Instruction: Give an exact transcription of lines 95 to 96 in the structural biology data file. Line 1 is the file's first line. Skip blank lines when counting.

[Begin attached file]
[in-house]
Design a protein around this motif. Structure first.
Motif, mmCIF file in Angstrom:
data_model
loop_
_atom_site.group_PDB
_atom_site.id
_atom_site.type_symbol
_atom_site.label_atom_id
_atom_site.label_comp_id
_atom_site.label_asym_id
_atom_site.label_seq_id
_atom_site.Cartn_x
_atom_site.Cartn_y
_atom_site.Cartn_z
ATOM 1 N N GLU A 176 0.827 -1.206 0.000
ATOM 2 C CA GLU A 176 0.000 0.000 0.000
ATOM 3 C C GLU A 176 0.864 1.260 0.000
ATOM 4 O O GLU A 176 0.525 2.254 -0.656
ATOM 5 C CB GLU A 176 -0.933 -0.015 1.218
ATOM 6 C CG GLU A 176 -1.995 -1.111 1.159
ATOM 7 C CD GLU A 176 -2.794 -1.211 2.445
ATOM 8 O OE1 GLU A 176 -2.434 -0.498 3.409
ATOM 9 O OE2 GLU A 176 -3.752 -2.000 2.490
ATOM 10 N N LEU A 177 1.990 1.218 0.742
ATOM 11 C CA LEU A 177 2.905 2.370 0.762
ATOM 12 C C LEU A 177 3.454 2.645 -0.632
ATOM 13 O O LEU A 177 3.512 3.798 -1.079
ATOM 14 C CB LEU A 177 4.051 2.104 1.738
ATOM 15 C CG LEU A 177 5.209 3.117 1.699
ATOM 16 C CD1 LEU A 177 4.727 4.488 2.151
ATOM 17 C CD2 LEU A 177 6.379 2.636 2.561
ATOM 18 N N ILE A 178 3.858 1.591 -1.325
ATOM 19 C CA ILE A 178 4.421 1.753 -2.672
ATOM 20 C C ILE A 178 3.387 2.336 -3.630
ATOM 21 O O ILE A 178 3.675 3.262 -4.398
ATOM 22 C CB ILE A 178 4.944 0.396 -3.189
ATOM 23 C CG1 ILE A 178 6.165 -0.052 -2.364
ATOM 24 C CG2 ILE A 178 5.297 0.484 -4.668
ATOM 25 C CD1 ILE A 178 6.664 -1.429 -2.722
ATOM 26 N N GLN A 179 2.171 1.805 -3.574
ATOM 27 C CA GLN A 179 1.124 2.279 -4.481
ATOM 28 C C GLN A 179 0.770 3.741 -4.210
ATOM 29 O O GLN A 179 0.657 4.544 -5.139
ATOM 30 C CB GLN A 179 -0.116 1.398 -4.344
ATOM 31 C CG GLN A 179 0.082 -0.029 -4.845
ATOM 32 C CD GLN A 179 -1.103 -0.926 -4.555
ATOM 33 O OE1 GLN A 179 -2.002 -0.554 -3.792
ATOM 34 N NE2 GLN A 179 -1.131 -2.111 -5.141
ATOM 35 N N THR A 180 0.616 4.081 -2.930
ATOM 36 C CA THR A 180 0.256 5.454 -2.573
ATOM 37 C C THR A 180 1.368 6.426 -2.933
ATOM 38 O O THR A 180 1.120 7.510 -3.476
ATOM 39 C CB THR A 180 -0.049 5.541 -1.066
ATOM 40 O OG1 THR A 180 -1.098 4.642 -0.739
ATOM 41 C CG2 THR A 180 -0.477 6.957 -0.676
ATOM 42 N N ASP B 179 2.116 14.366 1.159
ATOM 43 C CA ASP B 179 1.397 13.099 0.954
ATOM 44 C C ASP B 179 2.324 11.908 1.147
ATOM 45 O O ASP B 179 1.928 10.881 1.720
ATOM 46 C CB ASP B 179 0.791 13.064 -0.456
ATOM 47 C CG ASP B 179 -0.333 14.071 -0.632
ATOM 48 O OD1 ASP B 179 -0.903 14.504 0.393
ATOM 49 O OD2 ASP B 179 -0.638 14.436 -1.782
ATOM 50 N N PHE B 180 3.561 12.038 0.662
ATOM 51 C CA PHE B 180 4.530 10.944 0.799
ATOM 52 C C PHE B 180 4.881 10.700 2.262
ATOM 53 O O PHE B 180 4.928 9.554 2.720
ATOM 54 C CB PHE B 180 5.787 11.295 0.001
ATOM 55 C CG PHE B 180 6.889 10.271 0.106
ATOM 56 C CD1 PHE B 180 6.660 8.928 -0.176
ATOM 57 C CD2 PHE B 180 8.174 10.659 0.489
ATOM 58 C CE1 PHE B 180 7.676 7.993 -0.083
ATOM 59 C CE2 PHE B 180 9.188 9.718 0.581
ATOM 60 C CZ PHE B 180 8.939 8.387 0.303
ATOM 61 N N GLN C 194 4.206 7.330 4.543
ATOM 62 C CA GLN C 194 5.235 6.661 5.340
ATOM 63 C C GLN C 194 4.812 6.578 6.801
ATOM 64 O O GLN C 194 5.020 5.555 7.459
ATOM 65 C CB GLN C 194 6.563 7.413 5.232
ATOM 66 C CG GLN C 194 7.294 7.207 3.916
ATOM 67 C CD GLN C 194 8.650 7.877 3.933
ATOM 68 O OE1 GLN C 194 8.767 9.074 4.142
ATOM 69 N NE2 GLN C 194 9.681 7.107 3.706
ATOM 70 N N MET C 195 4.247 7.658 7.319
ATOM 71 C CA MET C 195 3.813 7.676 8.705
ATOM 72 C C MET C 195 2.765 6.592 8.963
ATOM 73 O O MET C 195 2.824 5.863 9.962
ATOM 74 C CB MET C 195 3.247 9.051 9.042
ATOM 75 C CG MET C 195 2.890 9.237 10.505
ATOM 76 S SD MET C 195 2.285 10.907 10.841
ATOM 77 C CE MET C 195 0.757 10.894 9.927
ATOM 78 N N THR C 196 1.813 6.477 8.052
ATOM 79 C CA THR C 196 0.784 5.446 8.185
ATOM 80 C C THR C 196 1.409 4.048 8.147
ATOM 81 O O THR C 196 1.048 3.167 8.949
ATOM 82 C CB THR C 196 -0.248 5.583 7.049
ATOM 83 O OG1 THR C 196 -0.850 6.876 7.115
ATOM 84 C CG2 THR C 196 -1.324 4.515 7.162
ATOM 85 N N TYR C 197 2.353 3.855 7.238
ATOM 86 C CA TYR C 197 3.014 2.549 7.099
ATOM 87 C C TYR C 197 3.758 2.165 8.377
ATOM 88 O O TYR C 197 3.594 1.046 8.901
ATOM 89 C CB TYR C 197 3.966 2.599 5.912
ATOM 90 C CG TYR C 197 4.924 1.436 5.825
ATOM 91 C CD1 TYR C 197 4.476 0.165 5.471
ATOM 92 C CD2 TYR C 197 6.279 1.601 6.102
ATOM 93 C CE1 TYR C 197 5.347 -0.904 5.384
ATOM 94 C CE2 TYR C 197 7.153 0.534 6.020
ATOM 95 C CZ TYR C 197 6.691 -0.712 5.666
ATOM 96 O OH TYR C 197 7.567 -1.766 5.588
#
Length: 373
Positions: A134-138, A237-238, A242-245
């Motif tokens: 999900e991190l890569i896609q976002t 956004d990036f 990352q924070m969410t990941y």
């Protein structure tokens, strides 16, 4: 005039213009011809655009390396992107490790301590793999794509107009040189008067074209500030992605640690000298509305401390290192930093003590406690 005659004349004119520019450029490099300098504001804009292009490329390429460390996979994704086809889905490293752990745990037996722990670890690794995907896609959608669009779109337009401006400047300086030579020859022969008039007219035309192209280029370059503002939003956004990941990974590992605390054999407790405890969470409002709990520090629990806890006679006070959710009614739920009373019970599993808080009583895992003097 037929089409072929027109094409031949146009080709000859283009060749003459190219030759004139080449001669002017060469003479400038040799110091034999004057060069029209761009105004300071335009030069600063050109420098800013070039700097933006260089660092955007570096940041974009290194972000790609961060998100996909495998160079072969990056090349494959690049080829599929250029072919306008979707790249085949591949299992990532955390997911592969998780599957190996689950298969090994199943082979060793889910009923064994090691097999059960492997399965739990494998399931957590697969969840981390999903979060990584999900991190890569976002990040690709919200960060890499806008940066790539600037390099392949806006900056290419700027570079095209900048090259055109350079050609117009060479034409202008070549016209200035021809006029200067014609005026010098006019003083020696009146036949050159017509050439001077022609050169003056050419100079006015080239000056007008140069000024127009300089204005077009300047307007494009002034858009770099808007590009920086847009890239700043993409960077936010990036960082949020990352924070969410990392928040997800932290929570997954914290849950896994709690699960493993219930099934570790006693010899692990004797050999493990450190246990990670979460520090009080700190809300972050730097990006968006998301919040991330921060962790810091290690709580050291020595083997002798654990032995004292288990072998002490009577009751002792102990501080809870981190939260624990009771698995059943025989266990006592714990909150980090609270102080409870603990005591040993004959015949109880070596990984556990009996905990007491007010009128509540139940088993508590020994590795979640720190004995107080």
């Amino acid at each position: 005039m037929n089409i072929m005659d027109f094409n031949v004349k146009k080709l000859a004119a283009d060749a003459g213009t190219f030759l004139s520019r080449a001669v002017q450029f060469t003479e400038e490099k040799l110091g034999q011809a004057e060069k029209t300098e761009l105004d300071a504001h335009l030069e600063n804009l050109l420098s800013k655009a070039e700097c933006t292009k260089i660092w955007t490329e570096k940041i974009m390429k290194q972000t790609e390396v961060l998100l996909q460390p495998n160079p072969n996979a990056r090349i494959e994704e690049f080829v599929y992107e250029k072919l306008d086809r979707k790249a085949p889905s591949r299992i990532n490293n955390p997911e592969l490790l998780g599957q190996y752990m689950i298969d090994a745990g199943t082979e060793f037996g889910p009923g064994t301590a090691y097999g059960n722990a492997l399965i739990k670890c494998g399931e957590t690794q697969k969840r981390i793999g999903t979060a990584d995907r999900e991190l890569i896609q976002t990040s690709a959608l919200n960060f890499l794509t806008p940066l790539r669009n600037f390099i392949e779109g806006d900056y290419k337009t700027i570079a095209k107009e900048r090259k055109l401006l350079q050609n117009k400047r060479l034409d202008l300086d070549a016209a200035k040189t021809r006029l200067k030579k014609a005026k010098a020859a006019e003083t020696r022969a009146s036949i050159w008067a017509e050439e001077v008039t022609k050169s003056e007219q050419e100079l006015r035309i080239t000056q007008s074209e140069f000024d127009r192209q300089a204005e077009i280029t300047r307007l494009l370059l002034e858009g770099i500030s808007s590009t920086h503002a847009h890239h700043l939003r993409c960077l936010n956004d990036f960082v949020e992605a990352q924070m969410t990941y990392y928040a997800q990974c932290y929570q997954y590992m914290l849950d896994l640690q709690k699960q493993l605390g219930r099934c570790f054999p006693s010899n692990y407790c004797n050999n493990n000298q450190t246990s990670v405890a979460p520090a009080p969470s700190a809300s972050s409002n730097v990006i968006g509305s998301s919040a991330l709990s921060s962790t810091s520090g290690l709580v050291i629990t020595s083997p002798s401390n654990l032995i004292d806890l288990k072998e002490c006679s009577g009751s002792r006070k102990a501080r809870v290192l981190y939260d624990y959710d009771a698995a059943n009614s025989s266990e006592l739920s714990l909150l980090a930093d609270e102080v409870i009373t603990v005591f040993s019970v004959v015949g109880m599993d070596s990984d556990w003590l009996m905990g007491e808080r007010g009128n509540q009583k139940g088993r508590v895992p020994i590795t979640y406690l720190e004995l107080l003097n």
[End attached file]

ATOM 80 C C THR C 196 1.409 4.048 8.147
ATOM 81 O O THR C 196 1.048 3.167 8.949